WHAT IS MACHINE LEARNING? WHY IS IT IMPORTANT?
Credits: Machine learning vs Artificial Intelligence
To provide you with a basic intuition of what machine learning entails, machine learning is what powers some innovative products that we know and love today, such as Netflix’s recommendation engine or self-driving cars.
In their 2021 survey, PricewaterhouseCoopers revealed that 86% of participants regarded AI technology as a mainstream part of their company; with more than 52% also accelerating adoption plans for Machine Learning to improve the circumstances created by Covid-19. Fortune Business Insights valued the global Machine Learning market to be worth USD$21.17 billion in 2022 and estimates a whopping growth of almost tenfold to USD$209.91 billion by 2029.
Even in these ‘early days’, we are seeing the impact of Machine Learning methods being used to great success. Yelp presents the most accurate information from credible reviews through automated image curation. Pinterest got a boost from its acquisition of Kosei in 2015, using the company’s B2B Machine Learning capabilities to guard against spam, provide better monetisation of ads, and offer exciting customised discovery to its users.
Tesla is making waves on the road by processing video imagery through rich algorithms to deliver auto-pilot transportation. As big data and its use cases continues to expand, so will the market demand for data scientists and data analyst. Hence, now is a better time than ever to make your first foray into machine learning.
HOW ARE COMPANIES / ORGANISATIONS USING MACHINE LEARNING
Here we share 2 classical type of problems which companies / organisations apply machine learning in:
Regression problems describes a situation where we we are trying to get a regression machine learning model model to learn from data, and thereafter predict for an outcome that has a continuous value (essentially numbers with decimal places) such as: BMI, stock price and sale price of a house.
One of the more interesting use case of regression model is in the area of ride-hailing. Ride-hailing companies make use of regression machine learning model to predict the customer lifetime value of its customers. In this way, they can then further deduce which customers are worth providing vouchers and incentives to keep them locked in the ecosystem.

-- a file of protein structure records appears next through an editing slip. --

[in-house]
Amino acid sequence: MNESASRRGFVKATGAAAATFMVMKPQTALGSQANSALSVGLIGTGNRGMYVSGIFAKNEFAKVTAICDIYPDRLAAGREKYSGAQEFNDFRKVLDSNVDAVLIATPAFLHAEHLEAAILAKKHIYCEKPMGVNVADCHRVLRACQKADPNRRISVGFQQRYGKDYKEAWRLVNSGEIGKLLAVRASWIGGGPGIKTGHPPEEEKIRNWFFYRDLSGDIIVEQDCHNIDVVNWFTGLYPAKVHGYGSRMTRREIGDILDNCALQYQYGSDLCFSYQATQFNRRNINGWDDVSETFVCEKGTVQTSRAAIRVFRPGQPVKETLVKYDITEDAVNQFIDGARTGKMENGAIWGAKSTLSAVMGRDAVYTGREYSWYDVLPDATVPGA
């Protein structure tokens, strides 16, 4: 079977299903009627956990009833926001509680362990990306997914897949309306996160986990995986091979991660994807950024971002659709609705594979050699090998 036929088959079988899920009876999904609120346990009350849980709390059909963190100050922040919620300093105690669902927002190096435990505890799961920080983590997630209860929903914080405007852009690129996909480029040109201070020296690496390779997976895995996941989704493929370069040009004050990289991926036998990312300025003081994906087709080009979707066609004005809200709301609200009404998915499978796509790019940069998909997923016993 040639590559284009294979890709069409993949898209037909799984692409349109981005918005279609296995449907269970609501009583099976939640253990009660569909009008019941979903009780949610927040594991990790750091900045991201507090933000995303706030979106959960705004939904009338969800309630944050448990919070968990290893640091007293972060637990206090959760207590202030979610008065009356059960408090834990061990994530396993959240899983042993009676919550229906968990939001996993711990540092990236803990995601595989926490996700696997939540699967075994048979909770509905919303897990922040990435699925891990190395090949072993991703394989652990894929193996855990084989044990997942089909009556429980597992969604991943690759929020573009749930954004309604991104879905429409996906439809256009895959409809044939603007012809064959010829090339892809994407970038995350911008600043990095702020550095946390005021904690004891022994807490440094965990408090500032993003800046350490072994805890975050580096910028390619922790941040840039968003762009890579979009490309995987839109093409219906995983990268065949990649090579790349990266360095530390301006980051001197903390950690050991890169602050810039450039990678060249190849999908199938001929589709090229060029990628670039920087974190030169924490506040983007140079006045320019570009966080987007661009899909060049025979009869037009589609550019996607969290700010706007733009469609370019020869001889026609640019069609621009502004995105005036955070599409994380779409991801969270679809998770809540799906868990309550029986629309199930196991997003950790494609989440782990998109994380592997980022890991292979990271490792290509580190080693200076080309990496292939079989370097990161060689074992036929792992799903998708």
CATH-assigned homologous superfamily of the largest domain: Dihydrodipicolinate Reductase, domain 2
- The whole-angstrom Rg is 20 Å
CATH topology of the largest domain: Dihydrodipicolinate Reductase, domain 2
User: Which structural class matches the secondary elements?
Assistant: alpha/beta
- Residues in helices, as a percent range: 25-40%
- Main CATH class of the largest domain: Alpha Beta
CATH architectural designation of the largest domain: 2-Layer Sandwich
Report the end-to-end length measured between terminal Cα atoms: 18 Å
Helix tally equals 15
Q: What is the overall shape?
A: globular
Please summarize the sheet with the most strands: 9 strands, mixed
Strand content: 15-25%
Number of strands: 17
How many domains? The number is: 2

Classification problems entails training a classification machine learning model model to learn from data, and thereafter predict for an outcome that has a categorical value (discrete outcomes) such as: whether someone has diabetes or not. Interestingly, 70-80% of the applications of machine learning in business problems are classification problems in nature.
One example where classification models are used involves – Global energy giant Shell. When faced with a growing pressure to be more sustainable, Shell tapped into historical data to guide efficient and less damaging precision drilling. As charging stations become the norm, the oil and gas company also studies consumer usage to map out future developments, as well as plan their grids. Machine Learning even takes place in computer cameras installed at these stations, which detect dangerous activity or items (such as the lighting of a cigarette) to alert staff of potential danger.
Other brands like Paypal use it to observe ethical transactions to detect fraud. LinkedIn produces relevant news feeds for its users, and attempts to make connections between employers and candidates – a core prong in their business.
Behind this data revolution are a whole host of data engineers, data scientists, and Machine Learning engineers. Yes – even though the machine learning models are very much executed by computers, the models themselves were built by people.
Data engineers are responsible for createing data databases to ingest, store, transform and distribute data in accordance with business needs. The data scientist role is more research-focused in nature, and it usually involves cleaning and studying the data, and thereafter build the machine learning models in accordance with the business problems. Machine Learning engineers can be thought of as an extension of data scientist – whereby they do what a data scientist does, but also go on to operationalise the models that will ultimately be used by clients.
While a career transition into a new specialisation can be dauting, here is where courses such as AI200: Applied Machine Learning from Heicoders Academy help you achieve that career transition.
For beginners with no programming background, you can start off with our foundation course: AI100: Python Programming and Data Visualisation. In this course, learners can expect to learn data wrangling and generate graphic visualisation that help inform business decisions.
Secure your future in Machine Learning with specialised courses from Heicoders Academy.